The Problem with Crazy

is that you never know what crazy will do.

“Our revolutionary armed forces … will regard” South Korea’s participation “in the PSI as a declaration of war …” the North’s official news agency said.

Pyongyang also announced it was no longer bound by the 1953 armistice that ended the Korean War.

I just want to be ruvved.

I just want to be ruvved.

Thus begins another round of North Korea going “Look at what WE did!!! Hooray Korea!!!” and the requisite follow up of “Booo Korea!!! You’re bad people, and we condemn you!!!” coming from the United Nations and other diplomatic communities.

Of course, this is usually followed by the requisite “Decrawation of wahhh!!” by the Exalted Leader, and we all nod our heads and go about our business, after throwing a few more sanctions at them, of course.

It’s the proper thing to do.

The problem is, they don’t work. They didn’t work with Saddam, they won’t work with Kim Jong Il.

Why? Because the only way sanctions work is if the leader of the country actually gives a crap about his people. You make it hard for things that people need to get into the country, the emperor leader will be the only one who gets them. Exhibit A –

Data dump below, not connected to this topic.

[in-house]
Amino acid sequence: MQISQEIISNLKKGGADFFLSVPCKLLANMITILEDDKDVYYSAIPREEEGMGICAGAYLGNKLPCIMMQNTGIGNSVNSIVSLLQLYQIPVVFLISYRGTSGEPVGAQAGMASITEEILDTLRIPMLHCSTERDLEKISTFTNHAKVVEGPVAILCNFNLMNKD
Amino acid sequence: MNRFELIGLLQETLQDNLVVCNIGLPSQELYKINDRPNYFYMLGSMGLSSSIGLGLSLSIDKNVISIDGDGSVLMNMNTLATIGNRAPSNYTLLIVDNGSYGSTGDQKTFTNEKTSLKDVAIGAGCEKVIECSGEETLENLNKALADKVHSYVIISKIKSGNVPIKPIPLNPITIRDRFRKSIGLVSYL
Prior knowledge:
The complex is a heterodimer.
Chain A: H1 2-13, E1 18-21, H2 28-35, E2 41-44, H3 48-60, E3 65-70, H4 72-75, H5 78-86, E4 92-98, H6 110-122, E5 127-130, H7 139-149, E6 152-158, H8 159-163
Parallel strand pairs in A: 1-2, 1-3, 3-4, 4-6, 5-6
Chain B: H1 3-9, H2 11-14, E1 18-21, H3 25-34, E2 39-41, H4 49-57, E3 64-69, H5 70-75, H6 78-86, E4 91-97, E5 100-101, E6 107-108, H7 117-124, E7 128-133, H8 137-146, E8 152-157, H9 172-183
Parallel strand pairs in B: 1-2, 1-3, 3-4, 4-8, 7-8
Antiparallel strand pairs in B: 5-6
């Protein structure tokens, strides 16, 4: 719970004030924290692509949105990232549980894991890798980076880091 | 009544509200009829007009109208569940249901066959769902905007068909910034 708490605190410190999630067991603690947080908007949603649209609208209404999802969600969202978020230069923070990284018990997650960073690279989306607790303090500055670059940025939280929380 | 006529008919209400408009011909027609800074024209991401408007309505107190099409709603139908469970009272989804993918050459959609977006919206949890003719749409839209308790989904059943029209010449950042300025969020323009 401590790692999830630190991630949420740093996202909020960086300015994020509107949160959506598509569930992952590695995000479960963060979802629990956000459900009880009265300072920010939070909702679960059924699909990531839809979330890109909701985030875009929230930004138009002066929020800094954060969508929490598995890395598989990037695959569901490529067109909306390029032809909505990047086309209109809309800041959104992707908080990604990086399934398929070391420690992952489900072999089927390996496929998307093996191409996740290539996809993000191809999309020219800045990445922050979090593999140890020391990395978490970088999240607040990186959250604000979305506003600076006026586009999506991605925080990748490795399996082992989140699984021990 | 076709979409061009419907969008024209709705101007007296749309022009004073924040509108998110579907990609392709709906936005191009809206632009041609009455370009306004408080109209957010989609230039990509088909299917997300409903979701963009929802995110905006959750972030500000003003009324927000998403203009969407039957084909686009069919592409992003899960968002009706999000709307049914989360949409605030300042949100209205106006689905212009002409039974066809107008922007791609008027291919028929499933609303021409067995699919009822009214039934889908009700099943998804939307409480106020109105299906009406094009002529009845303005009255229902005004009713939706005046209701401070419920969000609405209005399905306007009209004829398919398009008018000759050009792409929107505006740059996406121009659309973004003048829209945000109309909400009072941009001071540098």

South Korea - North Korea's Night Light

South Korea - North Korea's Night Light

Of course, there’s the hope that the people will rise up against the tyrant, but when the only people who are getting food are the soldiers working for the dictator, there’s little incentive to rebel.

So, we’ll continue our worldwide denouncements. The issue becomes when the Exalted One decides he’s had enough. That’s why a nuclear Saddam was scary. Not discounting the threat of nuclear weaponry being sold to people who REALLY shouldn’t have it, but it doesn’t take an army to fire a nuclear missile. The North Korean Army could be full of holes, underfed and with no servicable weapons, who knows. All it takes is for Kim Jong Il to wake up in one of his moods, get twitchy, and all hell breaks loose.

All because he couldn’t get a new iPod or something silly.

That’s why everyone is walking on egg shells with this situation.

The crazy guy on the corner asking for change is one thing. When the crazy guy has a gun it’s a whole new ball of wax.

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5 Responses to The Problem with Crazy

  1. Niall says:

    I don’t think Kim Jong Il is as crazy as you seem to think. The DPRK kept its agreements made under the Clinton administration, after all. It was when Bush came into office and immediately branded North Korea as part of the “axis of evil” that KJL decided to back out of the deals he had previously been keeping.

    We forget that North Korea is deeply paranoid about a US invasion. Whenver this paranoia is activated, North Korea feels obliged to prove its might. Also, until the Obama adminstration, the US has refused to negotiate a peace treaty with North Korea, one with non-aggression clauses protecting (?) North Korea from a US attack. This seems like a reasonable desire, and one that would cost the US little.